Japan have fallen on harder times since the golden age when they won the 2011 Women’s World Cup.
Twelve years on from that triumph in Germany, could the good times be about to return?
The Nadeshiko sent out a powerful message that they mean business at the 2023 edition by destroying Spain 4-0 in Wellington to finish top of Group C and advance to the last 16.
“Japan’s shape, defensive play, their counter-attacking play was a masterclass,” said former Spain midfielder Vicky Losada on ITV.
Former England forward Eniola Aluko added: “That’s the best team I think we’ve seen in this World Cup in every way.”
A match against Norway back in New Zealand’s capital on Saturday at 09:00 BST awaits Japan.
Having gone out at the last-16 stage in France in 2019, are they good enough to go all the way this time?
‘Japan don’t waste chances’
Japan manager Futoshi Ikeda spent 15 minutes answering questions in his post-match news conference at the Wellington Regional Stadium before being clapped out of the room by the Japanese media.
Earlier, his players left the pitch to a standing ovation after a thumping win over a Spain team who sit sixth in the Fifa rankings – five places above Japan.
Japan look solid at the back and devastating going forward.
They are yet to concede in three games in New Zealand, while they have scored a tournament-high 11 goals.
In addition, Hinata Miyazawa is the leading scorer at the World Cup after adding two goals to the double she scored against Zambia in the opening group game.
Incredibly, Japan outsmarted Spain despite having only 23% possession.
“Japan don’t waste chances,” former Republic of Ireland goalkeeper Emma Byrne told ITV.
“Three chances, three goals before half-time. Forget the possession stats – I’d rather have that.”
‘A joy to watch’
This is just the second time Japan have won all of their group stage games in a single edition of the Women’s World Cup, along with the 2015 tournament.
Eight years ago they reached the final before losing to the United States in the final, and Losada believes they could make it all the way through to this final in Sydney on 20 August.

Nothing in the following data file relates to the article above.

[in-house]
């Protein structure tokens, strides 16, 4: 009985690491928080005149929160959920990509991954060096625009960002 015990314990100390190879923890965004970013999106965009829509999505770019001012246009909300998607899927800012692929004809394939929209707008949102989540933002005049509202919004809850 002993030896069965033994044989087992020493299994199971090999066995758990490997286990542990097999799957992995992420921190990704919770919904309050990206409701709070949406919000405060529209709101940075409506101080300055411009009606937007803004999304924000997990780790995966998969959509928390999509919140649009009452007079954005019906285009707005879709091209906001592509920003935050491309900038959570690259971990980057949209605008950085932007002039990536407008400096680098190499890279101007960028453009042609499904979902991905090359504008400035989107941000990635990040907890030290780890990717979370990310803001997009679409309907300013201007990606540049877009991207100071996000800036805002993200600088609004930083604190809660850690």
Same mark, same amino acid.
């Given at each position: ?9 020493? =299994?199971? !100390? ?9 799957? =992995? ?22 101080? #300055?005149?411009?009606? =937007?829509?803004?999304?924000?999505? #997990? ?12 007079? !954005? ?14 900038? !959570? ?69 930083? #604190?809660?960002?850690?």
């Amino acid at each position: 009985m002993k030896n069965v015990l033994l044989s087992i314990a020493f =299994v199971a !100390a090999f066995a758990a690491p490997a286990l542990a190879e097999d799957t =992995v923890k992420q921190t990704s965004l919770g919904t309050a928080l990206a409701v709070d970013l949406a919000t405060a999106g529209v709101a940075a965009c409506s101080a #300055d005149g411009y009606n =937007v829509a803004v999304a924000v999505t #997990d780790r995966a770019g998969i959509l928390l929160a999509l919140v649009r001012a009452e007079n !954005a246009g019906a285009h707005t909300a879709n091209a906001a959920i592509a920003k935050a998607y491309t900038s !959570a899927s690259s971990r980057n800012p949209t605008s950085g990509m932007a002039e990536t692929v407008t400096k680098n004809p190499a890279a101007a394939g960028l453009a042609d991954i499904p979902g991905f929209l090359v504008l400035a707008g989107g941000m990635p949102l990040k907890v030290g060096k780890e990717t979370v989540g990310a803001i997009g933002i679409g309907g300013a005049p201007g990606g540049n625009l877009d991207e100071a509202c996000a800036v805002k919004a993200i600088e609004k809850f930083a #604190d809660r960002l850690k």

“It’s a masterclass by Japan,” she added.
“They’ve shown they can beat teams like Spain. It was a joy to watch from the Japanese side.”
Aluko added: “Japan showed composure in everything they did. Whether it was the finishing, the shape, defensively – even when they were attacking, when they lost the ball, their counter-attacking play was exceptional.”
Five changes, four goals
The talent in Japan’s squad runs deep.
Ikeda made five changes to the side that defeated Costa Rica 2-0 in Dunedin five days ago, whereas Spain made just one alteration, fielding what looked close to their strongest possible side.
Japan’s starting XI against Spain featured Liverpool midfielder Fuka Nagano and West Ham duo Risa Shimizu and Honoka Hayashi, while Manchester City midfielder Yui Hasegawa came on as a substitute.
There were impacts from the bench as Mina Tanaka scored a fine fourth goal following an assist by fellow substitute Miyabi Moriya.
“In the first and second games, we had more time to work with the ball but had to be wary of the counter-attack,” said Ikeda.
“In this match against Spain, we knew we would have to defend for long periods. So we knew we would have to take advantage of every opportunity we had to play the game we wanted to.
“We were successful in this.”